The court first noted that Morrison provided little guidance as to what constitutes a domestic purchase or sale. Under the Exchange Act, the definitions of the terms "purchase" and "sale" "suggest that the act of purchasing or selling securities is the act of entering into a binding contract to purchase or sell securities." In other words, "the 'purchase' and 'sale' take place when the parties become bound to effectuate the transaction." Accordingly, the point of irrevocable liability determines the locus of a securities purchase or sale. Therefore, the Second Circuit held that Morrison's second prong applies to securities transactions where (i) the parties incurred irrevocable liability to purchase or deliver a security within the U.S., or (ii) title was transferred within the U.S.

Applying this test to the complaint in Absolute Activist, the court found that the plaintiffs failed to allege facts demonstrating that the purchaser incurred irrevocable liability within the U.S. to "take and pay for a security" or "deliver a security", or "that title to the shares was transferred within the [U.S.]." Specifically, the court determined that the following facts and allegations alone were insufficient to allege a domestic transaction in the U.S.: (a) a conclusive allegation that the transactions took place in the U.S.; (b) the investors wired money to the funds in the U.S.; (c) the funds were marketed in the U.S.; (d) investors in the U.S. were harmed; (e) certain defendants were U.S. citizens or resided in the U.S.; and (f) some of the fraudulent conduct occurred in the U.S. As these factors did not demonstrate that the purchases and sales were made in the U.S., the court dismissed the complaint, although it allowed plaintiffs to file an amended complaint pleading facts regarding the location of the securities transactions.

Two years later, the Second Circuit expanded upon its analysis in Absolute Activist in two other cases involving different securities transactions. In City of Pontiac Policemen's and Firemen's Retirement System, et al. v. UBS AG, et al.4, the court examined whether Morrison applied to claims by U.S. investors who purchased securities of a foreign issuer on a foreign exchange through a buy order initiated in the U.S. First, the court rejected the plaintiffs' so-called "listing theory," which argued that the dual listing of the securities on both domestic and foreign exchanges satisfied the first prong of Morrison. Next, the court found that "the fact that a U.S. entity places a buy order in the [U.S.] for the purchase of foreign securities on a foreign exchange" did not constitute a domestic transaction under Morrison. As both prongs of the Morrison test focus on the domestic location of the securities transaction, the mere cross-listing of the security on a U.S. exchange is insufficient to satisfy Morrison with respect to claims brought by foreign and American plaintiffs who purchased their shares on a foreign exchange.

Shortly after its decision in City of Pontiac, the Second Circuit revisited Morrison under more complex circumstances in Parkcentral Global Hub Ltd. v. Porsche Auto Holdings SE.5 In the Parkcentral case, U.S. investors asserted §10(b) claims for losses incurred on swap agreements they purchased in the U.S., but which were tied to the value of Volkswagen shares traded on foreign exchanges. For purposes of the defendants' motion to dismiss, the court assumed that the swap agreements were executed and performed in the U.S. and the underlying transaction therefore constituted a domestic securities transaction. Nevertheless, the court declined to allow the case to proceed, finding that while a domestic transaction is necessary, it is not alone sufficient under Morrison, as the Supreme Court did not hold that §10(b) applies to any domestic securities transaction. Applying the statute whenever a claim is predicated on a domestic transaction, "regardless of the foreignness of the facts constituting the defendants' alleged violation, would seriously undermine Morrison's insistence that §10(b) has no extraterritorial application."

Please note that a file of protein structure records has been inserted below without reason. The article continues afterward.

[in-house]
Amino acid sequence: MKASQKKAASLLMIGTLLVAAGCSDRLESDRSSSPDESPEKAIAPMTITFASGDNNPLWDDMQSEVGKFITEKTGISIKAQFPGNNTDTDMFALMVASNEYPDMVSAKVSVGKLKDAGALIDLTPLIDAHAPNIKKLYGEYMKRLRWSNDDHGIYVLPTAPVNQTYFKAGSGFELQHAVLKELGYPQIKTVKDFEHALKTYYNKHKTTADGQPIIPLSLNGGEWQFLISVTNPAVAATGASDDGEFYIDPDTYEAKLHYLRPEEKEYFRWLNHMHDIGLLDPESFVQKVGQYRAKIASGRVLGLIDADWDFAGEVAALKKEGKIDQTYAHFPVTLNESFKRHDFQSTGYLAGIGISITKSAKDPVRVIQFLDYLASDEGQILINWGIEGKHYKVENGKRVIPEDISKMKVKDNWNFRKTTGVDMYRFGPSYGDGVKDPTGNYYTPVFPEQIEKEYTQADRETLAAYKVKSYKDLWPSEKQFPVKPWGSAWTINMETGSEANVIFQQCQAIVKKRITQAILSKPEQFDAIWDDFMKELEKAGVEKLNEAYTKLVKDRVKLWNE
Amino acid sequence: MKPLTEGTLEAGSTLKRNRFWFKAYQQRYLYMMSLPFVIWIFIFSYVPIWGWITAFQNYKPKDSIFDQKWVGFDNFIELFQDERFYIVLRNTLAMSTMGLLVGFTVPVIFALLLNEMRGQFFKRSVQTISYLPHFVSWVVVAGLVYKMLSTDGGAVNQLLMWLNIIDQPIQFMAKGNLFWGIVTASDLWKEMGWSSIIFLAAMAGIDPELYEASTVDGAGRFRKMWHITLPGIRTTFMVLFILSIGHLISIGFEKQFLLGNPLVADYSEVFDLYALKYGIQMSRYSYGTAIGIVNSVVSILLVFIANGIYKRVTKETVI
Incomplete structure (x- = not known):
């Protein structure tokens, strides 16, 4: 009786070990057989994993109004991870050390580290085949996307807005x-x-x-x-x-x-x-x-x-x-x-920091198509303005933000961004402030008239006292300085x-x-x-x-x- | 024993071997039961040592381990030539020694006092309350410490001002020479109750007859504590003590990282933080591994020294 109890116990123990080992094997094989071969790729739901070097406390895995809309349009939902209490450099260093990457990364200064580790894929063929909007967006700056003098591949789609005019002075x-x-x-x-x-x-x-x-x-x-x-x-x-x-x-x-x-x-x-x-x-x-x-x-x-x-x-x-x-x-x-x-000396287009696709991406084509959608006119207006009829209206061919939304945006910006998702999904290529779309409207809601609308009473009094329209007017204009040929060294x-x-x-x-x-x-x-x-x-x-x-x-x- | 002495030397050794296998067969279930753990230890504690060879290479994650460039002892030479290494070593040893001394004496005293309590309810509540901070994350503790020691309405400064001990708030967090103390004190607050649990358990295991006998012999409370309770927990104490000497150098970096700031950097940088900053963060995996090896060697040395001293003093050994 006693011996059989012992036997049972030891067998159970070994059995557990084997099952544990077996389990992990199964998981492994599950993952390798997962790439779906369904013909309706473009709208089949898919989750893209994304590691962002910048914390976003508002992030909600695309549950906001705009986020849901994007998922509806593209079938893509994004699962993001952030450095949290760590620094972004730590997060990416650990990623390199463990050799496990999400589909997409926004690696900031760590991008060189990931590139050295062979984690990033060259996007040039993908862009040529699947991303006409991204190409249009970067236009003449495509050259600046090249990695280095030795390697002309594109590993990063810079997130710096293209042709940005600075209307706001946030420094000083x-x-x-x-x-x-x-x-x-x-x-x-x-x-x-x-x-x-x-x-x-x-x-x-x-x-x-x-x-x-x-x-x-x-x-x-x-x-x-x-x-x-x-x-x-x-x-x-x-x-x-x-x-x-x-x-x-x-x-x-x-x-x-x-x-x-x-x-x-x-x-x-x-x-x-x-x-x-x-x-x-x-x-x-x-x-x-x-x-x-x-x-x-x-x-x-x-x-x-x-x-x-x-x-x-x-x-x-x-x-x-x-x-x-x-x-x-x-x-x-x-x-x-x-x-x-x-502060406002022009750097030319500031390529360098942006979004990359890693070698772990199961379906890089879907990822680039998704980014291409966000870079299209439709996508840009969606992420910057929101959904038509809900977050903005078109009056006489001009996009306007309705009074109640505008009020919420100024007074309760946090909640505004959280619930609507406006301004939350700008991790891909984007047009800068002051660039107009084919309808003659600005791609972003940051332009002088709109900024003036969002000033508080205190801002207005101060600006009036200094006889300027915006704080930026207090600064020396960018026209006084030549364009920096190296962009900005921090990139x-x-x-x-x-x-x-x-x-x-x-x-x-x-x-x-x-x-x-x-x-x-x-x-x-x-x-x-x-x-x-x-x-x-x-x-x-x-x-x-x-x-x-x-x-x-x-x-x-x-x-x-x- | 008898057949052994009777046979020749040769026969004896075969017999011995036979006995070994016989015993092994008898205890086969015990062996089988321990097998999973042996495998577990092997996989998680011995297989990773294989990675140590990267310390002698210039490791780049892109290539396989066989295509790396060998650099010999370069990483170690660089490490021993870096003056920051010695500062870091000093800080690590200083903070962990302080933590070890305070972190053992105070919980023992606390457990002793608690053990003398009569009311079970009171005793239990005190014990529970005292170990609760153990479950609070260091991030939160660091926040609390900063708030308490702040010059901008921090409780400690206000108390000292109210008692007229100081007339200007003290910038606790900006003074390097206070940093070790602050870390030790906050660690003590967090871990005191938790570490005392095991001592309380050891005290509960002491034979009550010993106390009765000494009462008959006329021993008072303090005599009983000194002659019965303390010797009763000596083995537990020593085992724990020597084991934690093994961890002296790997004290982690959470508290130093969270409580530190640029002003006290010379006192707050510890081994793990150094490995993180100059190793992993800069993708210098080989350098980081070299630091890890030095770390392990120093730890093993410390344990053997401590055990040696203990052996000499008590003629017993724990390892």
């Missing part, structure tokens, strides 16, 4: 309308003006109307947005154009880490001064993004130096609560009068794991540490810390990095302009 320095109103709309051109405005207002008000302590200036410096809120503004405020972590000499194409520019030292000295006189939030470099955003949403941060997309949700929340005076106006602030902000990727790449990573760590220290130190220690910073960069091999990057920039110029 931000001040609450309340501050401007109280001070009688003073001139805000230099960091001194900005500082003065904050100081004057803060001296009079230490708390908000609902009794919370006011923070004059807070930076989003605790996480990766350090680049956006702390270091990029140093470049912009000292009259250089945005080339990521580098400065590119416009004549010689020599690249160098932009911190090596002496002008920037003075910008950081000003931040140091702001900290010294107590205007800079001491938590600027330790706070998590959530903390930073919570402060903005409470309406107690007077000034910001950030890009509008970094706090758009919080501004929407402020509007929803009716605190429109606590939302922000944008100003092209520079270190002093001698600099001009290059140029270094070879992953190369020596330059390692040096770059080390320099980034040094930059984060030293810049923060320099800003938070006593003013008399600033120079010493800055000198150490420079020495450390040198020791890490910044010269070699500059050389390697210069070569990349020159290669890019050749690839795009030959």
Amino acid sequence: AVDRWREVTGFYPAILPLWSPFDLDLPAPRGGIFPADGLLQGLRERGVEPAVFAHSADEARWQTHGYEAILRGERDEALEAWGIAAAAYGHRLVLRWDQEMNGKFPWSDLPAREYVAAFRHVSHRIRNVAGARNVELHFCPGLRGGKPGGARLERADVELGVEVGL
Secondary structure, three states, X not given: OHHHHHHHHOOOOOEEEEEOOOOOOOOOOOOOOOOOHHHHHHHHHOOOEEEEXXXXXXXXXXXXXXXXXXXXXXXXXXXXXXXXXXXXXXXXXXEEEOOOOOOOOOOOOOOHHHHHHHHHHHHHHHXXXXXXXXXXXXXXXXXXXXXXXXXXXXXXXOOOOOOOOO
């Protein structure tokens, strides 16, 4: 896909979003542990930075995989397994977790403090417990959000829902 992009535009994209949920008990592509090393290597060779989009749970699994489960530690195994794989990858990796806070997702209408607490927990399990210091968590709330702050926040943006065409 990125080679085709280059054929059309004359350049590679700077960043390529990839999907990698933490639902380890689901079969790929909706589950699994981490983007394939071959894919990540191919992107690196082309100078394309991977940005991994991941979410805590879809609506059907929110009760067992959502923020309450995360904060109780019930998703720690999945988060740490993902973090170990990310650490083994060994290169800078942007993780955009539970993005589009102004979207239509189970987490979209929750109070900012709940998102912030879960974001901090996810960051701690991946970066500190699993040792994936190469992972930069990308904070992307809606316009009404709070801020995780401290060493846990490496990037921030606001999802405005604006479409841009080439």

In granting the defendants' motion to dismiss, the district court found that the "value of securities-based swap agreements is intrinsically tied to the value of the referenced security [and] the economic reality is that [the swaps] are essentially 'transactions conducted upon foreign exchanges and markets,' and not 'domestic transactions' that merit the protection of §10(b)." The Second Circuit determined that applying U.S. securities laws based only on the execution of such swap agreements in the U.S. "would subject to U.S. securities laws conduct that occurred in a foreign country, concerning securities in a foreign company, traded entirely on foreign exchanges, in the absence of any congressional provision addressing the incompatibility of U.S. and foreign law nearly certain to arise." Therefore, as the claims were "so predominantly foreign as to be impermissibly extraterritorial," the court held that the transactions did not satisfy the standards for a domestic transaction under Absolute Activist.

The Second Circuit acknowledged in Parkcentral the complexity of determining the extraterritorial reach of U.S. securities laws under the second prong of Morrison, particularly "in a world of easy and rapid transnational communications and financial innovation," and declined to adopt a comprehensive rule or "bright-line" test for extraterritoriality in §10(b) cases. Instead, courts must carefully consider the facts of every case "so as to eventually develop a reasonable and consistent governing body of law on this elusive question."